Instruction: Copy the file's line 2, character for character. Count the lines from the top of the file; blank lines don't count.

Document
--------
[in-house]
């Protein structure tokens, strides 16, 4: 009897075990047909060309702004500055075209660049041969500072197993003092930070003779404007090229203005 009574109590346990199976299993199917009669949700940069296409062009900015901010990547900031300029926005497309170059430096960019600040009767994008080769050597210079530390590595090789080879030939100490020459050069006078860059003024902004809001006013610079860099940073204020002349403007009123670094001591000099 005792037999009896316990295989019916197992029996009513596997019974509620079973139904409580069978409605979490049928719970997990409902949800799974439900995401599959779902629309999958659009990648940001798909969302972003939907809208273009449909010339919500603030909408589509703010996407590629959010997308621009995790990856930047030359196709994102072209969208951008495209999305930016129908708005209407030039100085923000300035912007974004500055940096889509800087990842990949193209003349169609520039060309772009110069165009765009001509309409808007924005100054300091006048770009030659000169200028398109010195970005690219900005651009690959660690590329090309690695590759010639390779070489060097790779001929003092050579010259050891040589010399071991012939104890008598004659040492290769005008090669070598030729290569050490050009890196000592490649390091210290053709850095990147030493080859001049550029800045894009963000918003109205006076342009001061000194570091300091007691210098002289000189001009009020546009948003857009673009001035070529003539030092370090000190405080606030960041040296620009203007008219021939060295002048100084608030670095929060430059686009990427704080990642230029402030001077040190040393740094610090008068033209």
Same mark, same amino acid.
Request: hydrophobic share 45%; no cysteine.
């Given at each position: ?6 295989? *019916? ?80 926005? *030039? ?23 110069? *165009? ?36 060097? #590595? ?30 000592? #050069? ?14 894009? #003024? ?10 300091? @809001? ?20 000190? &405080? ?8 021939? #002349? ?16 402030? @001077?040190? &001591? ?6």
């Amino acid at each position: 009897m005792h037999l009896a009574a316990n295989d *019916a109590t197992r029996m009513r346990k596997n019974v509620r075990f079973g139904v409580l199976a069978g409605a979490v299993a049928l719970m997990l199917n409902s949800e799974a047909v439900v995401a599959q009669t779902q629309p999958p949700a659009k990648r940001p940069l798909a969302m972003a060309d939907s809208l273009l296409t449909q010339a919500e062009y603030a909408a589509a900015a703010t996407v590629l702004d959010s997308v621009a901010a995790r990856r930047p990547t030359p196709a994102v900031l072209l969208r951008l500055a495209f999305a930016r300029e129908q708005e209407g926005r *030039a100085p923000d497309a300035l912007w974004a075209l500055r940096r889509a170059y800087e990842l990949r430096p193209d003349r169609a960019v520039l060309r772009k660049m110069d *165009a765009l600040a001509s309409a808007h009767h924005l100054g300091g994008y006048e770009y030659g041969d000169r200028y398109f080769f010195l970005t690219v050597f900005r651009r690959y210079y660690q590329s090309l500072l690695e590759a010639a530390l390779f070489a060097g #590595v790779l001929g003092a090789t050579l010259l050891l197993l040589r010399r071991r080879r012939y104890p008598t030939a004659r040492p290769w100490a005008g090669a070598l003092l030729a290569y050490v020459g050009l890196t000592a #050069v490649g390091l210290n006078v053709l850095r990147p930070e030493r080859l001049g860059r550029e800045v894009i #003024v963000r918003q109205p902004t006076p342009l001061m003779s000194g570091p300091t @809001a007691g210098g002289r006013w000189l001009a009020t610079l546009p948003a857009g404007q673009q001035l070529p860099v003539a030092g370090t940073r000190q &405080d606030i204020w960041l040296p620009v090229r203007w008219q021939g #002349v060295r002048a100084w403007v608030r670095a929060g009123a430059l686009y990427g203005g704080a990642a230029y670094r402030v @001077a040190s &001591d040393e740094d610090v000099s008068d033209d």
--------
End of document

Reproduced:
């Protein structure tokens, strides 16, 4: 009897075990047909060309702004500055075209660049041969500072197993003092930070003779404007090229203005 009574109590346990199976299993199917009669949700940069296409062009900015901010990547900031300029926005497309170059430096960019600040009767994008080769050597210079530390590595090789080879030939100490020459050069006078860059003024902004809001006013610079860099940073204020002349403007009123670094001591000099 005792037999009896316990295989019916197992029996009513596997019974509620079973139904409580069978409605979490049928719970997990409902949800799974439900995401599959779902629309999958659009990648940001798909969302972003939907809208273009449909010339919500603030909408589509703010996407590629959010997308621009995790990856930047030359196709994102072209969208951008495209999305930016129908708005209407030039100085923000300035912007974004500055940096889509800087990842990949193209003349169609520039060309772009110069165009765009001509309409808007924005100054300091006048770009030659000169200028398109010195970005690219900005651009690959660690590329090309690695590759010639390779070489060097790779001929003092050579010259050891040589010399071991012939104890008598004659040492290769005008090669070598030729290569050490050009890196000592490649390091210290053709850095990147030493080859001049550029800045894009963000918003109205006076342009001061000194570091300091007691210098002289000189001009009020546009948003857009673009001035070529003539030092370090000190405080606030960041040296620009203007008219021939060295002048100084608030670095929060430059686009990427704080990642230029402030001077040190040393740094610090008068033209």